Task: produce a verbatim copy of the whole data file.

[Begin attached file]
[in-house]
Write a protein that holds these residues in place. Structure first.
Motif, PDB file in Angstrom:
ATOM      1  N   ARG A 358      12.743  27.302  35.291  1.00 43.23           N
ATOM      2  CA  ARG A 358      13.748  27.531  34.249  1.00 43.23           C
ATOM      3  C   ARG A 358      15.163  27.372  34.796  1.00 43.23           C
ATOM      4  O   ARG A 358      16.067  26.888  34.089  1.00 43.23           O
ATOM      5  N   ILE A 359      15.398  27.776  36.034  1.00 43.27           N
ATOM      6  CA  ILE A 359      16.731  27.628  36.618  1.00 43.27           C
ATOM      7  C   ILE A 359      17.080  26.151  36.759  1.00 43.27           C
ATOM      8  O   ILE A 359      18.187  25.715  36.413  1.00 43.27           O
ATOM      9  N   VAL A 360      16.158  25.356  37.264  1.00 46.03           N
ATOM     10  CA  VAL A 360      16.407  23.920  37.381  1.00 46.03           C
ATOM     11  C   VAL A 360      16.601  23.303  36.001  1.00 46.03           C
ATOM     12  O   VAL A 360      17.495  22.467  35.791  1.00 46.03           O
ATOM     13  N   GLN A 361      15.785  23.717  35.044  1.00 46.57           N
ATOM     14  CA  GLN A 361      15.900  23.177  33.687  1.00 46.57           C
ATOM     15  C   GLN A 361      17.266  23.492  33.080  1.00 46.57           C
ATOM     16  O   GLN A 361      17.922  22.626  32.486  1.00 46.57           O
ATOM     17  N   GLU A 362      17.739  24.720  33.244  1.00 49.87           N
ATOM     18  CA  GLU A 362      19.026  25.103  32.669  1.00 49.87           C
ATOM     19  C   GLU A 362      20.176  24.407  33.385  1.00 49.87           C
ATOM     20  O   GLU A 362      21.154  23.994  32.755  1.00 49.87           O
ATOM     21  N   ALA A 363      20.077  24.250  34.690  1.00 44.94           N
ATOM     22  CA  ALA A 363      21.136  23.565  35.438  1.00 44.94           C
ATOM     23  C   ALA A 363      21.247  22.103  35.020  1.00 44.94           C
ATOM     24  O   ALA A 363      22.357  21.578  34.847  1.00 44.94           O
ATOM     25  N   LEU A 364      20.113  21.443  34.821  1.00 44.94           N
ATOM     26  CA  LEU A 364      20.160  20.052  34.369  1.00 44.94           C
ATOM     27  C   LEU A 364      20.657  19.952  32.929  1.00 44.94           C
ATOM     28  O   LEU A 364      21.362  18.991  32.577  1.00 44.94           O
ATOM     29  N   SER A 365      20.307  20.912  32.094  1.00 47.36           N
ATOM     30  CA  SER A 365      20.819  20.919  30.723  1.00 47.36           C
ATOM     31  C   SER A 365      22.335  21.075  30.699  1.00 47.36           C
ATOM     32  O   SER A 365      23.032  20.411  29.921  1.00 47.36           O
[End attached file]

[in-house]
Write a protein that holds these residues in place. Structure first.
Motif, PDB file in Angstrom:
ATOM      1  N   ARG A 358      12.743  27.302  35.291  1.00 43.23           N
ATOM      2  CA  ARG A 358      13.748  27.531  34.249  1.00 43.23           C
ATOM      3  C   ARG A 358      15.163  27.372  34.796  1.00 43.23           C
ATOM      4  O   ARG A 358      16.067  26.888  34.089  1.00 43.23           O
ATOM      5  N   ILE A 359      15.398  27.776  36.034  1.00 43.27           N
ATOM      6  CA  ILE A 359      16.731  27.628  36.618  1.00 43.27           C
ATOM      7  C   ILE A 359      17.080  26.151  36.759  1.00 43.27           C
ATOM      8  O   ILE A 359      18.187  25.715  36.413  1.00 43.27           O
ATOM      9  N   VAL A 360      16.158  25.356  37.264  1.00 46.03           N
ATOM     10  CA  VAL A 360      16.407  23.920  37.381  1.00 46.03           C
ATOM     11  C   VAL A 360      16.601  23.303  36.001  1.00 46.03           C
ATOM     12  O   VAL A 360      17.495  22.467  35.791  1.00 46.03           O
ATOM     13  N   GLN A 361      15.785  23.717  35.044  1.00 46.57           N
ATOM     14  CA  GLN A 361      15.900  23.177  33.687  1.00 46.57           C
ATOM     15  C   GLN A 361      17.266  23.492  33.080  1.00 46.57           C
ATOM     16  O   GLN A 361      17.922  22.626  32.486  1.00 46.57           O
ATOM     17  N   GLU A 362      17.739  24.720  33.244  1.00 49.87           N
ATOM     18  CA  GLU A 362      19.026  25.103  32.669  1.00 49.87           C
ATOM     19  C   GLU A 362      20.176  24.407  33.385  1.00 49.87           C
ATOM     20  O   GLU A 362      21.154  23.994  32.755  1.00 49.87           O
ATOM     21  N   ALA A 363      20.077  24.250  34.690  1.00 44.94           N
ATOM     22  CA  ALA A 363      21.136  23.565  35.438  1.00 44.94           C
ATOM     23  C   ALA A 363      21.247  22.103  35.020  1.00 44.94           C
ATOM     24  O   ALA A 363      22.357  21.578  34.847  1.00 44.94           O
ATOM     25  N   LEU A 364      20.113  21.443  34.821  1.00 44.94           N
ATOM     26  CA  LEU A 364      20.160  20.052  34.369  1.00 44.94           C
ATOM     27  C   LEU A 364      20.657  19.952  32.929  1.00 44.94           C
ATOM     28  O   LEU A 364      21.362  18.991  32.577  1.00 44.94           O
ATOM     29  N   SER A 365      20.307  20.912  32.094  1.00 47.36           N
ATOM     30  CA  SER A 365      20.819  20.919  30.723  1.00 47.36           C
ATOM     31  C   SER A 365      22.335  21.075  30.699  1.00 47.36           C
ATOM     32  O   SER A 365      23.032  20.411  29.921  1.00 47.36           O